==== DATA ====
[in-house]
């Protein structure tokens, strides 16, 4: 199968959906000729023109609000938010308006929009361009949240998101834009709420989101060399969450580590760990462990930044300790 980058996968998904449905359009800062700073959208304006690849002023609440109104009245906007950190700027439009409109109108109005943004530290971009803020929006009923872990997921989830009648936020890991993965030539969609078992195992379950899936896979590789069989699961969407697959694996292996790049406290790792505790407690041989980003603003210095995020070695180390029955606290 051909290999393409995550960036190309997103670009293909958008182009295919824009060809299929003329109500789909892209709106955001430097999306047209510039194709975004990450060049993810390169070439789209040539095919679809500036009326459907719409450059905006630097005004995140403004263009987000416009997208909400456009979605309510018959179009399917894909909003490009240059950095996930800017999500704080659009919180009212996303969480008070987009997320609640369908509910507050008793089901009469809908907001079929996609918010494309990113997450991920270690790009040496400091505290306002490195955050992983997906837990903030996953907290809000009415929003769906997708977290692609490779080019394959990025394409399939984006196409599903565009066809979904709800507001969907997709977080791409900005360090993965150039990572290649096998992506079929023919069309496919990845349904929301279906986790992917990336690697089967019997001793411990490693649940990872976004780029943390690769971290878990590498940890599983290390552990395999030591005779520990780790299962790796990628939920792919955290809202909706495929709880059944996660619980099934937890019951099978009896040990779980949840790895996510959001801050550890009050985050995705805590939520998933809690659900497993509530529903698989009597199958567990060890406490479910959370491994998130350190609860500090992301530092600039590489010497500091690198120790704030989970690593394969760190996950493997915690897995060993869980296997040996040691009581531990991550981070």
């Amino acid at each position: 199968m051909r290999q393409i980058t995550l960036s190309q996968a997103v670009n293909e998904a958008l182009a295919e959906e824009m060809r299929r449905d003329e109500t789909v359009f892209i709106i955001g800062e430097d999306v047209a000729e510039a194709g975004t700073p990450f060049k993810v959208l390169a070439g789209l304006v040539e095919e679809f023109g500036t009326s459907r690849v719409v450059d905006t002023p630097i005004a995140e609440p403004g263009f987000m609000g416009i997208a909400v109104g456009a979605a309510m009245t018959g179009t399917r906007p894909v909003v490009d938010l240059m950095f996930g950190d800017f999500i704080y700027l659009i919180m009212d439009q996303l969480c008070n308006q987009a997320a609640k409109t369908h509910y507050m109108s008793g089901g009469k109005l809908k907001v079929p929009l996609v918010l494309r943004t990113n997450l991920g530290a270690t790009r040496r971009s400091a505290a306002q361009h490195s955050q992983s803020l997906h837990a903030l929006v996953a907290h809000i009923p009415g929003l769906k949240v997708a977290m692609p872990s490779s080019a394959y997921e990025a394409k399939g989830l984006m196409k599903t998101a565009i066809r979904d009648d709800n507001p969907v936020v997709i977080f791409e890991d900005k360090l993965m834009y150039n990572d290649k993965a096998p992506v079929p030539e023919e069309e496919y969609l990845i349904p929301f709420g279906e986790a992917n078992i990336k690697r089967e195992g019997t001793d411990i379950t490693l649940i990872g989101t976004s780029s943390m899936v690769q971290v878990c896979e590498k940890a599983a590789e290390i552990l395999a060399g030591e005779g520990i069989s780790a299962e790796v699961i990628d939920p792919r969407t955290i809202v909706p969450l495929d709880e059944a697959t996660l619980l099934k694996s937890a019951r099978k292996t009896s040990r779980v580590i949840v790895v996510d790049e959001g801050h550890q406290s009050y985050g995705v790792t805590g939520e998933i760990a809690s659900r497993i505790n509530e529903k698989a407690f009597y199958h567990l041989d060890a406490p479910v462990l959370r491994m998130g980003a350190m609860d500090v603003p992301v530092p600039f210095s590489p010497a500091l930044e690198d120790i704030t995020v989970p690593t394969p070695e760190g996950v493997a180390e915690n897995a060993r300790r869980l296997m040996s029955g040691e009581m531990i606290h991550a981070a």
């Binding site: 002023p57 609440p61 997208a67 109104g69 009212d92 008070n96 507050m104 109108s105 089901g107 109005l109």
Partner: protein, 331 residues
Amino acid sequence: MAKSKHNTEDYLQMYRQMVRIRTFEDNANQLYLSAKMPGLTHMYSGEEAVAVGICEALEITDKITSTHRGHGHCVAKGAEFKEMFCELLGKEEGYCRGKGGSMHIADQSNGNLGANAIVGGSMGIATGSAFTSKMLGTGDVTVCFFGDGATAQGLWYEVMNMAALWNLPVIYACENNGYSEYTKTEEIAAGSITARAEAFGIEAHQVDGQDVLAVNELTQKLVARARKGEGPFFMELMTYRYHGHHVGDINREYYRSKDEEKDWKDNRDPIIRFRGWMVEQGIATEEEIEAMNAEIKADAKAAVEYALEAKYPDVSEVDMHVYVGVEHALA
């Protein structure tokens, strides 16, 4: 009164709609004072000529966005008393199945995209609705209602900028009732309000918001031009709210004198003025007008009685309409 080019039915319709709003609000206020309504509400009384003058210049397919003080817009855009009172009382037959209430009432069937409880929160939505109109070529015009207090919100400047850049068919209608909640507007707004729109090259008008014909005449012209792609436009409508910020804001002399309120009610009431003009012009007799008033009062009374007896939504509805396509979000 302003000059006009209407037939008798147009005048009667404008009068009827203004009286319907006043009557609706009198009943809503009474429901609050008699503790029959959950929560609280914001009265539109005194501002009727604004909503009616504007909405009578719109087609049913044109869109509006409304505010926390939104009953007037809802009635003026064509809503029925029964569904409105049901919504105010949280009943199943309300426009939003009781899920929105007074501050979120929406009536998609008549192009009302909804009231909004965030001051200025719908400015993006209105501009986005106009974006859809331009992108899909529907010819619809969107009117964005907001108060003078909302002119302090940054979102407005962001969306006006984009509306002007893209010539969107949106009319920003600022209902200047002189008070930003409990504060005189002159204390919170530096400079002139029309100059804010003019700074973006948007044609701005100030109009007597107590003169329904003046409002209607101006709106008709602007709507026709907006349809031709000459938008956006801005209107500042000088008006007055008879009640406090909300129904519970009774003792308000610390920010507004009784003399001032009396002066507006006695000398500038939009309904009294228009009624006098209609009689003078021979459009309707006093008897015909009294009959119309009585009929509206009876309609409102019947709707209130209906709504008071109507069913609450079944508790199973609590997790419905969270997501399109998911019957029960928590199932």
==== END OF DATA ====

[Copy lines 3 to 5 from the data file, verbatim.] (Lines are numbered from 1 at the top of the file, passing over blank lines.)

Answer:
């Amino acid at each position: 199968m051909r290999q393409i980058t995550l960036s190309q996968a997103v670009n293909e998904a958008l182009a295919e959906e824009m060809r299929r449905d003329e109500t789909v359009f892209i709106i955001g800062e430097d999306v047209a000729e510039a194709g975004t700073p990450f060049k993810v959208l390169a070439g789209l304006v040539e095919e679809f023109g500036t009326s459907r690849v719409v450059d905006t002023p630097i005004a995140e609440p403004g263009f987000m609000g416009i997208a909400v109104g456009a979605a309510m009245t018959g179009t399917r906007p894909v909003v490009d938010l240059m950095f996930g950190d800017f999500i704080y700027l659009i919180m009212d439009q996303l969480c008070n308006q987009a997320a609640k409109t369908h509910y507050m109108s008793g089901g009469k109005l809908k907001v079929p929009l996609v918010l494309r943004t990113n997450l991920g530290a270690t790009r040496r971009s400091a505290a306002q361009h490195s955050q992983s803020l997906h837990a903030l929006v996953a907290h809000i009923p009415g929003l769906k949240v997708a977290m692609p872990s490779s080019a394959y997921e990025a394409k399939g989830l984006m196409k599903t998101a565009i066809r979904d009648d709800n507001p969907v936020v997709i977080f791409e890991d900005k360090l993965m834009y150039n990572d290649k993965a096998p992506v079929p030539e023919e069309e496919y969609l990845i349904p929301f709420g279906e986790a992917n078992i990336k690697r089967e195992g019997t001793d411990i379950t490693l649940i990872g989101t976004s780029s943390m899936v690769q971290v878990c896979e590498k940890a599983a590789e290390i552990l395999a060399g030591e005779g520990i069989s780790a299962e790796v699961i990628d939920p792919r969407t955290i809202v909706p969450l495929d709880e059944a697959t996660l619980l099934k694996s937890a019951r099978k292996t009896s040990r779980v580590i949840v790895v996510d790049e959001g801050h550890q406290s009050y985050g995705v790792t805590g939520e998933i760990a809690s659900r497993i505790n509530e529903k698989a407690f009597y199958h567990l041989d060890a406490p479910v462990l959370r491994m998130g980003a350190m609860d500090v603003p992301v530092p600039f210095s590489p010497a500091l930044e690198d120790i704030t995020v989970p690593t394969p070695e760190g996950v493997a180390e915690n897995a060993r300790r869980l296997m040996s029955g040691e009581m531990i606290h991550a981070a």
């Binding site: 002023p57 609440p61 997208a67 109104g69 009212d92 008070n96 507050m104 109108s105 089901g107 109005l109």
Partner: protein, 331 residues